Teens increased skin protection habits after intervention with face-aging app
An intervention in secondary schools in southeastern Brazil using a face-aging app resulted in an increase in protective measures used by students against sun exposure.
Ultraviolet exposure is a large risk factor for the development of melanoma and other skin cancers, especially with exposure early in life. As melanoma incidence rates rise worldwide, skin protection is increasingly significant for adolescents.
The 1,573 participants in the study were selected from 52 classes in eight secondary schools in Itauna, Brazil. The area has a high incidence rate of melanoma due to Brazil having one of the highest UV indexes in the world and a population mostly of European ancestry in the southeastern part of the country.
Students were educated about the long-term effects of UV exposure through the free mobile app Sunface. The app alters the appearance of a photo based on the effects of different levels of UV exposure and the skin type of the subject, displaying potential results of UV overexposure, including skin sagging, spots, wrinkles and cancerous lesions. This method of intervention was chosen based on previous studies, which concluded that appearance-related interventions were more effective than traditional health-based approaches.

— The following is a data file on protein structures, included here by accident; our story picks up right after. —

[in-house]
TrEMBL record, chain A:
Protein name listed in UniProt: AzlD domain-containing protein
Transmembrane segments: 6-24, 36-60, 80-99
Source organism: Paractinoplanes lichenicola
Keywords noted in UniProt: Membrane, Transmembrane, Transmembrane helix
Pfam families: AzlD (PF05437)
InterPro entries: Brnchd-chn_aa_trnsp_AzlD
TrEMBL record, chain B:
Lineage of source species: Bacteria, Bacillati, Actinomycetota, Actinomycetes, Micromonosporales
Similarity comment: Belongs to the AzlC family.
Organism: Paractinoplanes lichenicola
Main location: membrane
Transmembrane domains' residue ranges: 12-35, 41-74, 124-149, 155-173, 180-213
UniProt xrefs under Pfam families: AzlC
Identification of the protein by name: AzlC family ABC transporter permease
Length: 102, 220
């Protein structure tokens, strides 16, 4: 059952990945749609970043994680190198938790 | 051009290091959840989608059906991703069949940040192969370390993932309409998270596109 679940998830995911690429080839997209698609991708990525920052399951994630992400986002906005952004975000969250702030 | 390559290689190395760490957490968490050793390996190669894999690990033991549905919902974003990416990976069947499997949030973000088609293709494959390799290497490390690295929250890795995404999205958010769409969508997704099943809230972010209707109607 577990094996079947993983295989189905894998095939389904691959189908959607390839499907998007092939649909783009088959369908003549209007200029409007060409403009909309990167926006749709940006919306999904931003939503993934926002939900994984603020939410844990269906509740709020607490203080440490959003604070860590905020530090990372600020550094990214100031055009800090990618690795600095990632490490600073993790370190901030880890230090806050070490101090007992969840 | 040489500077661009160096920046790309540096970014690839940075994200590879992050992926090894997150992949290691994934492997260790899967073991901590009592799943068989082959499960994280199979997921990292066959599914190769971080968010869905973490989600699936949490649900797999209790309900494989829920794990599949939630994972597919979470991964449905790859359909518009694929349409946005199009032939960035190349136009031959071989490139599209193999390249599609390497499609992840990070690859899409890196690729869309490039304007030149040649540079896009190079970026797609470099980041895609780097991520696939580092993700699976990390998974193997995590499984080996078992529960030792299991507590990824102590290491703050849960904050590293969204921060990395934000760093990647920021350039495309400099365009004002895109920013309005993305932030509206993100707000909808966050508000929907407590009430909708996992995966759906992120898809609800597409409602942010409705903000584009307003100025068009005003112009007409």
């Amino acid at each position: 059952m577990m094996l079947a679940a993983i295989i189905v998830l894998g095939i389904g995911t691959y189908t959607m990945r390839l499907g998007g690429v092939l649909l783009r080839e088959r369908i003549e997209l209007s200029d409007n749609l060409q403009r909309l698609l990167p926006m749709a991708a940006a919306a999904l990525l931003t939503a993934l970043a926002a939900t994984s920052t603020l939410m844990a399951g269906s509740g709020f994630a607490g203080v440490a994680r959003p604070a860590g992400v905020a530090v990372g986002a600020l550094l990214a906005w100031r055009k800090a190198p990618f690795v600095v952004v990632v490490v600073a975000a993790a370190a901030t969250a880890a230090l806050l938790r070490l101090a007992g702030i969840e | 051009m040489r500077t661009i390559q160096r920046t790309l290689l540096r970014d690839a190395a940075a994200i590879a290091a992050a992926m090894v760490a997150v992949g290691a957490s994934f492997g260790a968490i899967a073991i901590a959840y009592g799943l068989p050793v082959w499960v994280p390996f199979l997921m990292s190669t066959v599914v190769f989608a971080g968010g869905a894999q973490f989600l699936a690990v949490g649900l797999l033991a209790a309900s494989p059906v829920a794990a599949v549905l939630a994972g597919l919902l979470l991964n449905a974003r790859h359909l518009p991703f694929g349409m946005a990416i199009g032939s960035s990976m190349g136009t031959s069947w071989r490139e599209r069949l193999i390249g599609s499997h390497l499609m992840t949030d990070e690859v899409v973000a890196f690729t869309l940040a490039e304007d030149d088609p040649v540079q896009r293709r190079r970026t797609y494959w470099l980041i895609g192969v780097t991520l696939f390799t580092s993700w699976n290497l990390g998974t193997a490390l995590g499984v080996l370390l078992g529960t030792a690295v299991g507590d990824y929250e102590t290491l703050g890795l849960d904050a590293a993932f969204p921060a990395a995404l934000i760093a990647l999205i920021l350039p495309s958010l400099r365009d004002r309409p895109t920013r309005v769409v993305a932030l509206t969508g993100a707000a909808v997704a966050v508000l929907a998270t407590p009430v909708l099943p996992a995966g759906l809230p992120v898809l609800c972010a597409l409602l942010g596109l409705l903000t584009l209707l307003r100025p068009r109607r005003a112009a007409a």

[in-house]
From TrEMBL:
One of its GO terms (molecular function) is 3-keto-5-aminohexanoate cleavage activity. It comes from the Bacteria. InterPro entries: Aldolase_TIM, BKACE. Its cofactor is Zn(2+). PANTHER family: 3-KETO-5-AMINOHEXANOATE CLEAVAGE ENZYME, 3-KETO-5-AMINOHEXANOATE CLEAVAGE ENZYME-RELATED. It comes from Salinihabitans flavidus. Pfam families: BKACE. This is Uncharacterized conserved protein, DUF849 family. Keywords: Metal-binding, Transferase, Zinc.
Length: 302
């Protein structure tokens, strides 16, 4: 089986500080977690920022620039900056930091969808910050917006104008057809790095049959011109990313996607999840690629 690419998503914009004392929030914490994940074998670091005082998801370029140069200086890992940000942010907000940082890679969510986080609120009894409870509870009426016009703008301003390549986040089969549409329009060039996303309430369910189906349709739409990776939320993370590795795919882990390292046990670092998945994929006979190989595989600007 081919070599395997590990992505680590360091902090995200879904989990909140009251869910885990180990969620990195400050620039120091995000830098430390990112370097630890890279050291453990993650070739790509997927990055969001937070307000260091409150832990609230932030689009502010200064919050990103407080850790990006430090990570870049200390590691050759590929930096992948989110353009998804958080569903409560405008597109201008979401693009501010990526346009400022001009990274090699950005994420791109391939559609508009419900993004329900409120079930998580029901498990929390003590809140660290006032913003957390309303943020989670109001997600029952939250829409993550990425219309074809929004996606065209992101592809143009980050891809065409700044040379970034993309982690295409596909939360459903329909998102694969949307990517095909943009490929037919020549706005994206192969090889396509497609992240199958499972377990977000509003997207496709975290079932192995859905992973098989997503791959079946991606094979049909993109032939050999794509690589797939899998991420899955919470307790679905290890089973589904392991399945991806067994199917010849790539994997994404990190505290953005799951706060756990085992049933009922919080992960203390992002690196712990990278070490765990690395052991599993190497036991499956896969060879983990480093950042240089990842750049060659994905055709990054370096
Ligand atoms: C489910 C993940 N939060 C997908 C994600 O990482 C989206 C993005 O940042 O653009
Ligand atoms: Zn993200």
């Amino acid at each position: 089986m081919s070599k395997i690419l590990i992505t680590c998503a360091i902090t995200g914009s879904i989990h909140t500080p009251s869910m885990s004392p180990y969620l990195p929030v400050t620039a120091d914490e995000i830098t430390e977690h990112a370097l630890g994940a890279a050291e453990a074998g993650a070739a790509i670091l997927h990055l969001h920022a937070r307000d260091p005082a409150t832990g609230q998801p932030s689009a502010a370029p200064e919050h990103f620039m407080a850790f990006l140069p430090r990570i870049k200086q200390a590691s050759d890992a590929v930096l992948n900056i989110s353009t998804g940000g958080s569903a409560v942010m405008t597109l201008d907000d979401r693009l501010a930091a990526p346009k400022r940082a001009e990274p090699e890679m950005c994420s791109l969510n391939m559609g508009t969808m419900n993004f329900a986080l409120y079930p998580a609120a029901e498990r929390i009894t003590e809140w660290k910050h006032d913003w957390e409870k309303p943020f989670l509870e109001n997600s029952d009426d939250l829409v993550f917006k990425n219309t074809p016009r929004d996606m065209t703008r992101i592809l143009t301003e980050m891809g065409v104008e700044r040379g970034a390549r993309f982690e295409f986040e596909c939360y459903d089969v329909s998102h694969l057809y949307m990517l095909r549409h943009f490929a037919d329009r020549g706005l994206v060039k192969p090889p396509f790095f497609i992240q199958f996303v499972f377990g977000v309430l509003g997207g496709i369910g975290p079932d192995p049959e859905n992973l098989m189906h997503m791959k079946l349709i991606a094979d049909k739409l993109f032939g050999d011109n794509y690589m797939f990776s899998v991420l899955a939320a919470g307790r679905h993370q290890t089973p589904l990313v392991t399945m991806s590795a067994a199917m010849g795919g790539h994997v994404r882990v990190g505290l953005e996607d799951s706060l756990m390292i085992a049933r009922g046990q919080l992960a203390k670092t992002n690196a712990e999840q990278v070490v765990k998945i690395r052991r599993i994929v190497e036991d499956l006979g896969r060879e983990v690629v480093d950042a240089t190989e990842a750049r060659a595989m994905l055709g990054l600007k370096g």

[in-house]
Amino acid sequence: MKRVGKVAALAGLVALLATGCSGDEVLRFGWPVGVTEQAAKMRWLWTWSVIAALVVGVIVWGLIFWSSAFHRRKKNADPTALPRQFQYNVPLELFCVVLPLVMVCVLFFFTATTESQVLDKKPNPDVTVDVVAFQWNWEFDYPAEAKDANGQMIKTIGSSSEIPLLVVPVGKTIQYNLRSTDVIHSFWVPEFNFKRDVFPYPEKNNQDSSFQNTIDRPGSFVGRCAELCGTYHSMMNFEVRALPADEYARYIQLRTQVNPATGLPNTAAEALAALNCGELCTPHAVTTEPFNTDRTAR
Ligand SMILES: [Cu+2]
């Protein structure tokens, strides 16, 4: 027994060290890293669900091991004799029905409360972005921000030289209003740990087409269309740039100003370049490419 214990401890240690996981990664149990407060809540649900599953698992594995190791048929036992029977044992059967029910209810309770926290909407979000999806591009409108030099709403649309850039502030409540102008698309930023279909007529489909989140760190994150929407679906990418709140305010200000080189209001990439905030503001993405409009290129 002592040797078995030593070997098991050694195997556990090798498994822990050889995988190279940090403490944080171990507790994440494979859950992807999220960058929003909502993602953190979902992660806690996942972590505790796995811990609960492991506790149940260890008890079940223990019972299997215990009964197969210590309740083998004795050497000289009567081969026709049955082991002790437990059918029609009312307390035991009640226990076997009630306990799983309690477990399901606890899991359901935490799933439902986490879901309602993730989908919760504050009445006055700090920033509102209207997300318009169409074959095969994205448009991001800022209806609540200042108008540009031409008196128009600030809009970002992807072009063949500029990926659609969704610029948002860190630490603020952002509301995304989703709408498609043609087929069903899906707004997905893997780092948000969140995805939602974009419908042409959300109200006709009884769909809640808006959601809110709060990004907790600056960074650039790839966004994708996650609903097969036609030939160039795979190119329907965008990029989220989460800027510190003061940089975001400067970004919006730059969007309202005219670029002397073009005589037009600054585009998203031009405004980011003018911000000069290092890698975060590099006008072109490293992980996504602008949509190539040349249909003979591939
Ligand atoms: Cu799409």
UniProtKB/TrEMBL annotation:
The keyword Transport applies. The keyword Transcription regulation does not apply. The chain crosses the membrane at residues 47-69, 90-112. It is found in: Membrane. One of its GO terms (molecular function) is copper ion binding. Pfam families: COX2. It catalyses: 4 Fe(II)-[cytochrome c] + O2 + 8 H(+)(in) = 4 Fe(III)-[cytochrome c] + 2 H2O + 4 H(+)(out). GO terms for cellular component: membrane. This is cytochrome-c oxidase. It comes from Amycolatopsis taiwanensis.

All participants were surveyed about sunscreen use, skin self-examinations and tanning at the beginning of the study, as well as 3 and 6 months after the intervention.
The intervention group showed general improvements in skin protection measures compared with the control group. These included an increase of daily sunscreen use, an increase of skin self-examinations and a decrease in tanning sessions. However, tanning sessions reverted to baseline numbers between the 3- and 6-month surveys, which researchers attributed to “the fact that often adopting a new healthy behavior, such as sunscreen use, is easier than completely shedding a (bad) habit.”
The study was limited by the intervention being more effective for girls than boys. In addition, because the study was conducted in only Brazil, the results may not be generalizable.
The researchers said that the face-aging app is a promising strategy for skin cancer prevention but suggested further research is necessary to determine how to integrate intervention methods in the public health system to help more of the population. – by Kalie VanDewater
Disclosures: Brinker reports he received the Young Research Award from La Fondation La Roche-Posay for his research on the Sunface app and is the owner of Smart Health Heidelberg GmbH outside the submitted work. Please see the study for all other authors’ relevant financial disclosures.